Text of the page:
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Re: Detection of antibody chains

Postby nekameneka » Nov 03 2016 10:42 pm

Thanks a lot for the advice. -80 without any buffer, great, might also be good for more effective lysis.
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Re: Detection of antibody chains

Postby nekameneka » Nov 08 2016 10:36 pm

Hi, I have another question related to plasmids. Most of my plasmids are pEF-Bos but I have one which is pCMV3, is it ok for my experiment to transfect them together? I know it is recommended to always use same plasmids but my question is if this mixing is big no no or not??
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Re: Detection of antibody chains

Postby relaxin » Nov 09 2016 10:26 am

For transient expression, it is fine. For stable expression, it may be wise to use vectors with different antibiotic resistance to ensure the cells harbors both plasmids. pCMV3 vector has neomycin resistance, but I do not find any antibiotic resistance for pEF-Bos vector.
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Re: Detection of antibody chains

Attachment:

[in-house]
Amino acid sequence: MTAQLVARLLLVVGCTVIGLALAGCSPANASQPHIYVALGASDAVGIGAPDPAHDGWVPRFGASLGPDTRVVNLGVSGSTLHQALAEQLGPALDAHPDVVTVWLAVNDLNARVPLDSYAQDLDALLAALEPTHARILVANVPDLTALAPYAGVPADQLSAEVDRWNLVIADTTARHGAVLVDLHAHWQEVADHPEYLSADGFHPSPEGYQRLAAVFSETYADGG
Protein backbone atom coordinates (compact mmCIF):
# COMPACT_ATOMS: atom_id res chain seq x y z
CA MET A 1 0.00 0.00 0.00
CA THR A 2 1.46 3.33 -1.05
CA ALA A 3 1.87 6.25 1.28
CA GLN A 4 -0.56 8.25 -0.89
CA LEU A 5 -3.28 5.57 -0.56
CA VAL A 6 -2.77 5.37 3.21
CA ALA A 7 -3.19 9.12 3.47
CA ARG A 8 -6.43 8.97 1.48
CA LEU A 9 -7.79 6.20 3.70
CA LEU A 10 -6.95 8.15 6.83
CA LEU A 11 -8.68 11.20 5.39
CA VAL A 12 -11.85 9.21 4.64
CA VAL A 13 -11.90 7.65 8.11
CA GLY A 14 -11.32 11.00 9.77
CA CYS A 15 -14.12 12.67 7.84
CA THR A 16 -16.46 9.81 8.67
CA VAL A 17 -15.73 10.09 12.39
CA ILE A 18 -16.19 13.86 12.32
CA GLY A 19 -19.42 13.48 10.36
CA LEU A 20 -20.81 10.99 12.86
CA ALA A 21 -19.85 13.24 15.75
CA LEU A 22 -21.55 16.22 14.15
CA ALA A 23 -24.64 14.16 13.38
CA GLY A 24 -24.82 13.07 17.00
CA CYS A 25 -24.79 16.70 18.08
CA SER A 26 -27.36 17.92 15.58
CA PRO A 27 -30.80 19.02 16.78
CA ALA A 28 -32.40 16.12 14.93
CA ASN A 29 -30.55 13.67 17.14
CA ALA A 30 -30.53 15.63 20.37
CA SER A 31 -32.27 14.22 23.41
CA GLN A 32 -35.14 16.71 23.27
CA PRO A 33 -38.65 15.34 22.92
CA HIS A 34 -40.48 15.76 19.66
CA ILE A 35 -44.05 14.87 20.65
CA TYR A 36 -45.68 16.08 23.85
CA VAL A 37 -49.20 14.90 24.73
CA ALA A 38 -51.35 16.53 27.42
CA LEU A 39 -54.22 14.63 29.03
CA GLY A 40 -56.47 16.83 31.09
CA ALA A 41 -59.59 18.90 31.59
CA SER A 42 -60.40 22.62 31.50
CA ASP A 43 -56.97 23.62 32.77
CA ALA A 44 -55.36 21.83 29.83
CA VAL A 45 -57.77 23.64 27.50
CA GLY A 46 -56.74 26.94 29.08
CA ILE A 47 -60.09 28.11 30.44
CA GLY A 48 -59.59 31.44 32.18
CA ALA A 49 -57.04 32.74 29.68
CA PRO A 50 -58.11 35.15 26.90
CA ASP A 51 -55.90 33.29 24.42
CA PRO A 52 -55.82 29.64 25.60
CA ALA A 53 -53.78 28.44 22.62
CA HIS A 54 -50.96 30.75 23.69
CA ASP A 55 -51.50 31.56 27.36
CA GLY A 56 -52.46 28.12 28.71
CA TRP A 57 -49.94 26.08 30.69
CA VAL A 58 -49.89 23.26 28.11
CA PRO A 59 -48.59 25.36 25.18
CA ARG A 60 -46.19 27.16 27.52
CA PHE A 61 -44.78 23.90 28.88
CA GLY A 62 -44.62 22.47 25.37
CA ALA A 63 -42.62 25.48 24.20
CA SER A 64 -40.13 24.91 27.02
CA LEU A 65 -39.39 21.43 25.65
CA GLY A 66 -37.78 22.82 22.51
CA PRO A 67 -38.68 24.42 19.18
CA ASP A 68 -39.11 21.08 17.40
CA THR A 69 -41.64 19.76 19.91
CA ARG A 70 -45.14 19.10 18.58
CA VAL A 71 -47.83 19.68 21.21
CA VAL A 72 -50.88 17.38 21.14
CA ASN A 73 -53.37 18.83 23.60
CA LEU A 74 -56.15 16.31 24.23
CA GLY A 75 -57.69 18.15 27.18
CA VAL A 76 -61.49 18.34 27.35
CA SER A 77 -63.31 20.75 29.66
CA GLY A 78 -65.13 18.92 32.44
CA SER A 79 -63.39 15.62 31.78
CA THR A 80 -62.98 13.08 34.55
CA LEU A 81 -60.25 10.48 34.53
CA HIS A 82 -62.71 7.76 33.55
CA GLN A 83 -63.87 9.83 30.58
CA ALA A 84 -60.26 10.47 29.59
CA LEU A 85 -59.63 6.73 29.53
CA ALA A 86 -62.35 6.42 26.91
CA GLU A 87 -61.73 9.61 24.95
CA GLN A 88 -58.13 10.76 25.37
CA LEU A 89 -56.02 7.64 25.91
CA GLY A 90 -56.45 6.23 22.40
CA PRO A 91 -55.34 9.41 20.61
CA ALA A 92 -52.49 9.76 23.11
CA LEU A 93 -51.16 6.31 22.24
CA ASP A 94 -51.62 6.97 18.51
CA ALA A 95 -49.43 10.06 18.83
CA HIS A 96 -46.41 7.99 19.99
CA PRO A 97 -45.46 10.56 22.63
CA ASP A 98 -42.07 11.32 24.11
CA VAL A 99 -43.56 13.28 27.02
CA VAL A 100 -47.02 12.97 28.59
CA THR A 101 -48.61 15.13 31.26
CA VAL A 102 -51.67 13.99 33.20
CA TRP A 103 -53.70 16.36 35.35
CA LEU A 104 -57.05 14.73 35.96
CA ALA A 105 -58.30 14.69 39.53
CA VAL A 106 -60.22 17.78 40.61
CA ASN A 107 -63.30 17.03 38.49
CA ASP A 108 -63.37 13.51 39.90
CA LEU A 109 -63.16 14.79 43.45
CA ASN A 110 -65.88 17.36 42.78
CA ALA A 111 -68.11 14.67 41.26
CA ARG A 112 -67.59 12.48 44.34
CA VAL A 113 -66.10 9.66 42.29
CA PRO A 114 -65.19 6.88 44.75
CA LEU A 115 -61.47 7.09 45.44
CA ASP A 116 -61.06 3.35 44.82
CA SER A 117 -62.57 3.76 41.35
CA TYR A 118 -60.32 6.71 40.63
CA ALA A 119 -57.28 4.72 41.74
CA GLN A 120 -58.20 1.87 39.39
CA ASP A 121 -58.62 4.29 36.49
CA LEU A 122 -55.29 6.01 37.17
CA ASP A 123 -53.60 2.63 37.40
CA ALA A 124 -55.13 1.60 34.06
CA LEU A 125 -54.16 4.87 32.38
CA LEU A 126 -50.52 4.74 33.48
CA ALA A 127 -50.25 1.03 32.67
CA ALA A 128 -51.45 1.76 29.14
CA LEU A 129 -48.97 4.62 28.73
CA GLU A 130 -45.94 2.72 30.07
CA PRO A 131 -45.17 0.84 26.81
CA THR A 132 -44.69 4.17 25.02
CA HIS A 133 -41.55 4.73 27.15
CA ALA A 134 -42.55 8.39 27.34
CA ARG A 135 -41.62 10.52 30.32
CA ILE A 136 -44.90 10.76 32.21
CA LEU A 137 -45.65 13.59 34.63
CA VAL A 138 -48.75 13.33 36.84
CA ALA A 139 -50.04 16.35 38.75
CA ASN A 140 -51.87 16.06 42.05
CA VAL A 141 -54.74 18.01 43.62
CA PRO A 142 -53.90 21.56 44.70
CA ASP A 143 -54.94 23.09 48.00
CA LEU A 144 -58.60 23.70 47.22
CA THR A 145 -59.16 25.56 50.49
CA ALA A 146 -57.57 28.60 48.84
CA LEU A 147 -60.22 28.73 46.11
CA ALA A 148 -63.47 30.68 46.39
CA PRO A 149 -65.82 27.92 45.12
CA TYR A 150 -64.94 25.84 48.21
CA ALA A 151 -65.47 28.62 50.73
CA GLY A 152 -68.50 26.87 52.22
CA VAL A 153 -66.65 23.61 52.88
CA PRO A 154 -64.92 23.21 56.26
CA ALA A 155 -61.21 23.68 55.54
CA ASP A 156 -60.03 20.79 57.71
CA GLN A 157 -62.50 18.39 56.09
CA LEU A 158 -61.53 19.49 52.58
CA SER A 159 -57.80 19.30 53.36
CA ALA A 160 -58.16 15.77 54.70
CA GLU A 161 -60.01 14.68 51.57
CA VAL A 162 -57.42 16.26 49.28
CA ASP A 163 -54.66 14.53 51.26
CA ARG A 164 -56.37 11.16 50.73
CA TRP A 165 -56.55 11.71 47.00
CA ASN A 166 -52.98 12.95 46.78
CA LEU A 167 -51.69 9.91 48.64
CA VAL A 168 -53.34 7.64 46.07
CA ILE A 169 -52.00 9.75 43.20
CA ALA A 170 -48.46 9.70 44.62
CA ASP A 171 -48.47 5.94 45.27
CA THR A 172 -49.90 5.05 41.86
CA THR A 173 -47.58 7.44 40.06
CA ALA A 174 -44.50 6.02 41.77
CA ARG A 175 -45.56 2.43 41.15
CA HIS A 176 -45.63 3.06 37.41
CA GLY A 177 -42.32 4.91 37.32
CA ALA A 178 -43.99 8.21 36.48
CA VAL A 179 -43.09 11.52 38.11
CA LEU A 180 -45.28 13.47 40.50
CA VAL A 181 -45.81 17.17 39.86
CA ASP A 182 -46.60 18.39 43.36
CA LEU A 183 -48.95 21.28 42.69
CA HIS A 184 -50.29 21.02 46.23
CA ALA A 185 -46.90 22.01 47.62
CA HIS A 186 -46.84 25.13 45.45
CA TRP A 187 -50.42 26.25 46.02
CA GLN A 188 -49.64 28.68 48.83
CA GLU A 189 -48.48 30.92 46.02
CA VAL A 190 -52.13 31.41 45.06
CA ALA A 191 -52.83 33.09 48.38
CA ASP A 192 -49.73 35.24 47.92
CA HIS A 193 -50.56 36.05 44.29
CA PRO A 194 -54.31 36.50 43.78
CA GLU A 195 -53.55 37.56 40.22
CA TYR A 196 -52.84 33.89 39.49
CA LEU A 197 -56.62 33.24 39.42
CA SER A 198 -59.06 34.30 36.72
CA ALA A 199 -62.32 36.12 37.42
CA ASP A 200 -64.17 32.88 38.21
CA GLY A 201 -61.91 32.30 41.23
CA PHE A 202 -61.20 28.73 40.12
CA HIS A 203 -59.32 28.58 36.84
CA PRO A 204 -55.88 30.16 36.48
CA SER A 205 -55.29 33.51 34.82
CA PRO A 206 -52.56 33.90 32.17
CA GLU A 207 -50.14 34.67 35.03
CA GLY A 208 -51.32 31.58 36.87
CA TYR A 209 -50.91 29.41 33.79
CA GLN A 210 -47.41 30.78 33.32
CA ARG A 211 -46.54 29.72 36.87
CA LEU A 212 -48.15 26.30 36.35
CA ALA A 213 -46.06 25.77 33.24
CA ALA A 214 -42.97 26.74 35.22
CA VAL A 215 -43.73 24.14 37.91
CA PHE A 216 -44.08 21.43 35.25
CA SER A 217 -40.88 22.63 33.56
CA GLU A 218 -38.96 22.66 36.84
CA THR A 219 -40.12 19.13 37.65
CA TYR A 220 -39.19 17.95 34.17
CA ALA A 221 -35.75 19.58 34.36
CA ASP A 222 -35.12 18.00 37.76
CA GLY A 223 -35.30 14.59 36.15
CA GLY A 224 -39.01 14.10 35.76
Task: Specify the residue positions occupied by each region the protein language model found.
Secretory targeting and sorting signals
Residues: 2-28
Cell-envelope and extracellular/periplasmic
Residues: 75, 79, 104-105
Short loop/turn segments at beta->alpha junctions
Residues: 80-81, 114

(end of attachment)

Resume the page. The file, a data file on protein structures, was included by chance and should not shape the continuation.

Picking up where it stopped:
Postby nekameneka » Nov 19 2016 5:47 am

Hi, thank you for your reply.
I have another question but I didn't want to make a whole new topic.
I have purified protein and I have some doubts about its concentration. I measured A280 protein concentration on Nanodrop and I also did Bradford assay, but results I got are very much different between those two methods. I understand difference is expected but not such a huge gap. For example Nanodrop says in one sample (it is diluted) I have 0.079 mg/ml but Bradford says I have 1.5 mg/ml in that same sample. My protein buffer does not contain detergents which could interfere with Bradford so I am wondering what is the problem, any ideas?

Thank you very much, I find this forum very helpful. :)
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Re: Detection of antibody chains

Postby mdfenko » Nov 21 2016 7:16 am

absorbance at 280 nm is reading ring structures in the amino acids which make up the protein. if there are fewer than in the average protein then the reading will be low relative to other methods.

also, there may be something in the buffer which interferes with one of the methods you used.

you may also have made an error in your dilution (not necessarily the calculation but maybe mechanically, eg pipet calibration may be off).
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Re: Detection of antibody chains

Postby nekameneka » Nov 21 2016 10:35 pm